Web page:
joe rojas-burke

Portland-based science writer

February 1, 2013 at 4:19pm
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Microglial cells of the human brain, beautifully illustrated by Alois Alzheimer in 1911. Microglial cells are: 

the resident macrophages in the central nervous system. These cells of mesodermal/mesenchymal origin migrate into all regions of the central nervous system, disseminate through the brain parenchyma, and acquire a specific ramified morphological phenotype termed “resting microglia.” Recent studies indicate that even in the normal brain, microglia have highly motile processes by which they scan their territorial domains. By a large number of signaling pathways they can communicate with macroglial cells and neurons and with cells of the immune system. Likewise, microglial cells express receptors classically described for brain-specific communication such as neurotransmitter receptors and those first discovered as immune cell-specific such as for cytokines. Microglial cells are considered the most susceptible sensors of brain pathology. Upon any detection of signs for brain lesions or nervous system dysfunction, microglial cells undergo a complex, multistage activation process that converts them into the “activated microglial cell.” This cell form has the capacity to release a large number of substances that can act detrimental or beneficial for the surrounding cells. Activated microglial cells can migrate to the site of injury, proliferate, and phagocytose cells and cellular compartments.

source: Physiological Reviews

Microglial cells of the human brain, beautifully illustrated by Alois Alzheimer in 1911. Microglial cells are: 

the resident macrophages in the central nervous system. These cells of mesodermal/mesenchymal origin migrate into all regions of the central nervous system, disseminate through the brain parenchyma, and acquire a specific ramified morphological phenotype termed “resting microglia.” Recent studies indicate that even in the normal brain, microglia have highly motile processes by which they scan their territorial domains. By a large number of signaling pathways they can communicate with macroglial cells and neurons and with cells of the immune system. Likewise, microglial cells express receptors classically described for brain-specific communication such as neurotransmitter receptors and those first discovered as immune cell-specific such as for cytokines. Microglial cells are considered the most susceptible sensors of brain pathology. Upon any detection of signs for brain lesions or nervous system dysfunction, microglial cells undergo a complex, multistage activation process that converts them into the “activated microglial cell.” This cell form has the capacity to release a large number of substances that can act detrimental or beneficial for the surrounding cells. Activated microglial cells can migrate to the site of injury, proliferate, and phagocytose cells and cellular compartments.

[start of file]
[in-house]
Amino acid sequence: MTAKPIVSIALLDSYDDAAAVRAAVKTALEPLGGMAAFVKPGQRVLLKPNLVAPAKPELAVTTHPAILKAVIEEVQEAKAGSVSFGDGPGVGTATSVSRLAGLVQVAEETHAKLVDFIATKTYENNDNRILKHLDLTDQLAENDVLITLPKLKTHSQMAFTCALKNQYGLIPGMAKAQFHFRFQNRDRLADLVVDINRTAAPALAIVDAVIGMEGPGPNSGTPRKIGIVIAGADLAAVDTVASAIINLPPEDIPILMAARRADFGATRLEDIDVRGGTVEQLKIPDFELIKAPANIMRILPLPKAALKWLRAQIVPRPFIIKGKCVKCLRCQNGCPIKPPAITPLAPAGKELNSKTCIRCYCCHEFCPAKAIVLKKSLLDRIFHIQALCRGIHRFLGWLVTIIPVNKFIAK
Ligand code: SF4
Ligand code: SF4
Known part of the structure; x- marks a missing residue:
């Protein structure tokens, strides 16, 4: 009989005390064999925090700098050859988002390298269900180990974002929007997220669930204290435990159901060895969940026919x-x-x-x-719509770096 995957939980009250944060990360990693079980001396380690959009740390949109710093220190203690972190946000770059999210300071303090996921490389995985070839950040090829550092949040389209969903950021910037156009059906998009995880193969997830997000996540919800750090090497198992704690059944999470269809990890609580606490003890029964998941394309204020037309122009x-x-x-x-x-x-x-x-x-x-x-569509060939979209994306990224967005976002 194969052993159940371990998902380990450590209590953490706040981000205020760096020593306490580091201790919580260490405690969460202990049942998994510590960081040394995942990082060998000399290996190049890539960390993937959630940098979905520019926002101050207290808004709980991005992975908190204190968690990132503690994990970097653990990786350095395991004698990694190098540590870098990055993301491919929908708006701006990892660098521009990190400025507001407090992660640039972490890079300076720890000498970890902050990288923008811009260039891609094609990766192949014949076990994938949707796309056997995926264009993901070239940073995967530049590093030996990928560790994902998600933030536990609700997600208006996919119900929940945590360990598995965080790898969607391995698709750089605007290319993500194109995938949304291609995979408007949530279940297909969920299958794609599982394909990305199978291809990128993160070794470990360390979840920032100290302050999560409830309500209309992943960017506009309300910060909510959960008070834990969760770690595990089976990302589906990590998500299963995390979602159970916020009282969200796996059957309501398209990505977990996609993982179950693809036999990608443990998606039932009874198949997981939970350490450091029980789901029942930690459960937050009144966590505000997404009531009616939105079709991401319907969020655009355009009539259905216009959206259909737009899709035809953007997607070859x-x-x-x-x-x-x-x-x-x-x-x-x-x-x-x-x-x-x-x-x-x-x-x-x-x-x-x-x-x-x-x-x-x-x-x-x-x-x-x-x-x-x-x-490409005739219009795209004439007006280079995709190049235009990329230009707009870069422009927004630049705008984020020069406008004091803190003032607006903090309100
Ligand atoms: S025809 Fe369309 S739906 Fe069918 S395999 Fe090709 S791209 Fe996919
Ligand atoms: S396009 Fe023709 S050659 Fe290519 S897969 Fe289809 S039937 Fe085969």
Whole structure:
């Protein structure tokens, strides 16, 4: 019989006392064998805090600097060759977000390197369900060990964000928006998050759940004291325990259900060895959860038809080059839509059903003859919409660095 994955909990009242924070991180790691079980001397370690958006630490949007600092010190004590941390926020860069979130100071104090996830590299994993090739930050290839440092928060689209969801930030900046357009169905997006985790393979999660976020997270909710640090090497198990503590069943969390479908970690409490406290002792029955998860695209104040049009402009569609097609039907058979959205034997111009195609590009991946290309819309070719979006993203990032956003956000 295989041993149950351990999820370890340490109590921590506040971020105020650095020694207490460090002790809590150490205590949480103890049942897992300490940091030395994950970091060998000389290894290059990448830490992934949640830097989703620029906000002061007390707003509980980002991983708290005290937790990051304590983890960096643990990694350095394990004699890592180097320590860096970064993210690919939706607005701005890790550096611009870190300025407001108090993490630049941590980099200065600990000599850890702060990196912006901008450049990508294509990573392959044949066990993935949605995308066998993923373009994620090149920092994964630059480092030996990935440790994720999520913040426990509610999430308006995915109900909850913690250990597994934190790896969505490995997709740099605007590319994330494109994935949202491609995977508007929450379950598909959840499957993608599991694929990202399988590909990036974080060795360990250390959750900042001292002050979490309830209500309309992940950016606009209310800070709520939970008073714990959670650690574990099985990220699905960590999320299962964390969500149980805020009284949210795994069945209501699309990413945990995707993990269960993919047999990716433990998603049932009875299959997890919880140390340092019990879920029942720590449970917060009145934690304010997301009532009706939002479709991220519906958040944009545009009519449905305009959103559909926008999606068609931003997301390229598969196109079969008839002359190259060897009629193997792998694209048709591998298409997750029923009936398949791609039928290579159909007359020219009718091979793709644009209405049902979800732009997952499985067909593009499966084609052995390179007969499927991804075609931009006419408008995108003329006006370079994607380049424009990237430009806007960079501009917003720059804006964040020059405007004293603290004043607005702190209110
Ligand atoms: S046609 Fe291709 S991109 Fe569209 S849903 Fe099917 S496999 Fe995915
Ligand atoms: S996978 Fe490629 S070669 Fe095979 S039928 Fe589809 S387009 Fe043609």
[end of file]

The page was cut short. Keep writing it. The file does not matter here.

source: Physiological Reviews

Notes

  1. itsomethingreat reblogged this from aculturedcitizen and added:
    I already has my histology test! And i pass it!!! Jujuju
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  16. virginiawoolftoday reblogged this from scientificillustration and added:
    sometimes, reading her poetic prose makes me feel like this looks … nerdgasm of nature / biology / beauty / art / truth.
  17. machinn reblogged this from joerojasburke
  18. cytoplasmicmembrane reblogged this from i-love-dna and added:
    Microglial cells of the human brain, beautifully illustrated by Alois Alzheimer in 1911.
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  21. ironladykati reblogged this from scientificillustration and added:
    I love this stuff